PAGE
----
close

Вход

Забыли?

вход по аккаунту

?

Quadruple Deprotonation of 2-Aminophenylphosphane with a p-Block-MetalAlkali-Metal Base.

код для вставкиСкачать
Zuschriften
unusual stannate ion [Sn(2-CH2-4,6-Me2C6H2)(PMes)]3,
which arises from the intermolecular deprotonation of a
methyl group (Scheme 1).[5] We wanted to examine the
activity of this type of p-block-metal/alkali metal reaction
Scheme 1. Formation of [Sn(2-CH2-4,6-Me2C6H2)(PMes)]3 through
intermolecular ortho deprotonation of a CH bond.
P,N Ligands
Quadruple Deprotonation of
2-Aminophenylphosphane with a
p-Block-Metal/Alkali-Metal Base**
Felipe Garca, Simon M. Humphrey,
Richard A. Kowenicki, Eric J. L. McInnes,
Christopher M. Pask, Mary McPartlin,
Jeremy M. Rawson, Matthew L. Stead,
Anthony D. Woods,* and Dominic S. Wright*
The application of superbases, such as the well-known
Schlosser base consisting of tBuOK and RLi, in the deprotonation of organic substrates is well established.[1] Recently,
Mulvey investigated the structural chemistry and applications
of related mixed-metal amide reagents.[2] These species show
remarkable activity and specificity in their reactions with
aromatic hydrocarbons and ferrocene (Cp2Fe; Cp = cyclopentadienyl).[3, 4] For example, the treatment of Cp2Fe with a
mixture of iPr2NH/Bu2Mg and nBuNa results in a double 1,3deprotonation of the two Cp rings.[3] We recently observed
that the stepwise reaction of MesPH2 (Mes = 2,4,6-Me3C6H2)
with BnNa (Bn = benzyl) and [Sn(NMe2)2] results in the
[*] F. Garca, S. M. Humphrey, R. A. Kowenicki, Dr. C. M. Pask,
Dr. J. M. Rawson, M. L. Stead, Dr. A. D. Woods, Dr. D. S. Wright
Chemistry Department
University of Cambridge
Lensfield Road, Cambridge CB2 1EW (UK)
Fax: (+ 44) 1223-336-362
E-mail: dsw1000@cus.cam.ac.uk
Dr. E. J. L. McInnes
The EPSRC cw EPR Service Centre
University of Manchester
Oxford Road, Manchester M13 9PL (UK)
Prof. M. McPartlin
Department of Health and Human Sciences
London Metropolitan University
Holloway Road, London N7 8DB (UK)
[**] We thank the EPSRC (S.M.H., C.M.P., M.M., J.M.R., and D.S.W); St.
Catharine’s College, Cambridge (fellowship for A.D.W.); The Cambridge European Trust and Newton Trust (F.G.); the States of
Guernsey; and The Domestic and Millennium Fund (R.A.K.) for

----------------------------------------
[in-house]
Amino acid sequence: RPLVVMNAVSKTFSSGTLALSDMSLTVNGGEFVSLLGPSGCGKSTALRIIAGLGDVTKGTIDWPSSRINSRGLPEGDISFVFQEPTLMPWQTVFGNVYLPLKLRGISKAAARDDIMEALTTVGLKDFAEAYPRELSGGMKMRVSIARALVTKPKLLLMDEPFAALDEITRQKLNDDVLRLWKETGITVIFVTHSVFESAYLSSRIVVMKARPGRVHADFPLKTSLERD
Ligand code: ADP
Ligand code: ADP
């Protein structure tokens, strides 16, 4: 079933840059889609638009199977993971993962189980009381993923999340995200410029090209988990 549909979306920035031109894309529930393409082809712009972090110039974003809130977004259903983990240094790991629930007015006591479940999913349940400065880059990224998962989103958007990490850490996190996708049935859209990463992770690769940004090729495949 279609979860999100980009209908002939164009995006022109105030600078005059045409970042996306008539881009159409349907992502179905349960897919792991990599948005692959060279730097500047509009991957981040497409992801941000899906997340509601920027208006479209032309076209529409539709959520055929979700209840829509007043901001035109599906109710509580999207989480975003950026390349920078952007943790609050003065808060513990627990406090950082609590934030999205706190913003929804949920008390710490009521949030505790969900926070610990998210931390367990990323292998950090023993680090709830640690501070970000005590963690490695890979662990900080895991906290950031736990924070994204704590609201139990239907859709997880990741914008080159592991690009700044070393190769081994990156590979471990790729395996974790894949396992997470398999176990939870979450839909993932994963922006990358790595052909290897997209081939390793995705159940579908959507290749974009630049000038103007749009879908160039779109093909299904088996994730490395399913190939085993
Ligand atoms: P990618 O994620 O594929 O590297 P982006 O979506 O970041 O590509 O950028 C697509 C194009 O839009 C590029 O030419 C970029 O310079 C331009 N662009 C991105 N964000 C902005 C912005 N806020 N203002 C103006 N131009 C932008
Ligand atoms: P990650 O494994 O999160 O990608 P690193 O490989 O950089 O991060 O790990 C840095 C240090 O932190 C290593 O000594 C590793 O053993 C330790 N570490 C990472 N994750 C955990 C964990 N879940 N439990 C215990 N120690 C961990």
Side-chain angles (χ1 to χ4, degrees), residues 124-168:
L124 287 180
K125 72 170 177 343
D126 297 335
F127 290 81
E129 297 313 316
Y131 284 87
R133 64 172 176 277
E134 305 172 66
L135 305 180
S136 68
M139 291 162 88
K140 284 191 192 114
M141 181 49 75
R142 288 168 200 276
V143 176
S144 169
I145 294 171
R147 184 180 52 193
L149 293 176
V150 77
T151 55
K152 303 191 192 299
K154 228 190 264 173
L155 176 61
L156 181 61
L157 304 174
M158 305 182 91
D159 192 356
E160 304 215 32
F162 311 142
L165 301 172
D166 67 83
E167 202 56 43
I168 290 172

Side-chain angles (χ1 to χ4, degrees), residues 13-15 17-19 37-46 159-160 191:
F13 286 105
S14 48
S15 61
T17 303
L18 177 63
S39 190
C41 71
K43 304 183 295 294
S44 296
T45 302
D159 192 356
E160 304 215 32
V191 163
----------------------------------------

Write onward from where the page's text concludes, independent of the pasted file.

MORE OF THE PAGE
financial support. Acknowledgment is made to the donors of the
American Chemical Society Petroleum Research Fund for partial
support of this research (M.L.S.). We also thank Dr. J. E. Davies
(Cambridge) for collecting X-ray data for compound 1.
3522
2005 Wiley-VCH Verlag GmbH & Co. KGaA, Weinheim
system further because this SnII/BnNa system effectively acts
as a superbase and there is a close relationship between this
CH activation reaction and activation reactions mediated by
transition metals.[6] Herein, we present the observation that
the reaction of 2-aminophenylphosphane (1-PH2-2-NH2C6H4)
with nBuLi (1 equiv) followed by the addition of [Sn(NMe2)2]
(1 equiv) results in remarkable quadruple deprotonation of
the ligand (Scheme 2) and generates the unusual paramagnetic SnII-centered cage [{[Sn(L)(NMe2)Li(thf)][Sn(L)Li(thf)3]Sn}2] (1) containing L4 and L3C ions (L = ligand; see
the Experimental Section).
Scheme 2. The deprotonation of LH4 by [Sn(NMe2)2]/nBuLi. LH4 = 1PH2-2-NH2C6H4, L = ligand.
No NH or PH stretching bands are found in the IR
spectrum of solid 1, thus showing that the NH2 and PH2
groups of the ligand have been completely deprotonated. As
far as we can gauge, neither [Sn(NMe2)2] nor nBuLi alone will
cause deprotonation to this extent. The surprising paramagnetic character of 1 was indicated initially by 1H and
31
P NMR spectroscopic studies: only a broad resonance in the
aromatic region appears in the 1H NMR spectrum at room
temperature, and a very broad singlet appears at approximately d = 10–15 ppm in the 31P{1H} NMR spectrum. Compound 1 in the solid state exhibits a strong signal in the EPR
spectrum at both the X and K bands (Figure 1). The spectral
width is identical at both frequencies, which means that this
signal can not be interpreted as a rhombic set of g values.
Therefore, we attempted to simulate the spectra on the basis
of 1) hyperfine coupling in which the two unpaired electrons
are independent of each other and 2) hyperfine coupling with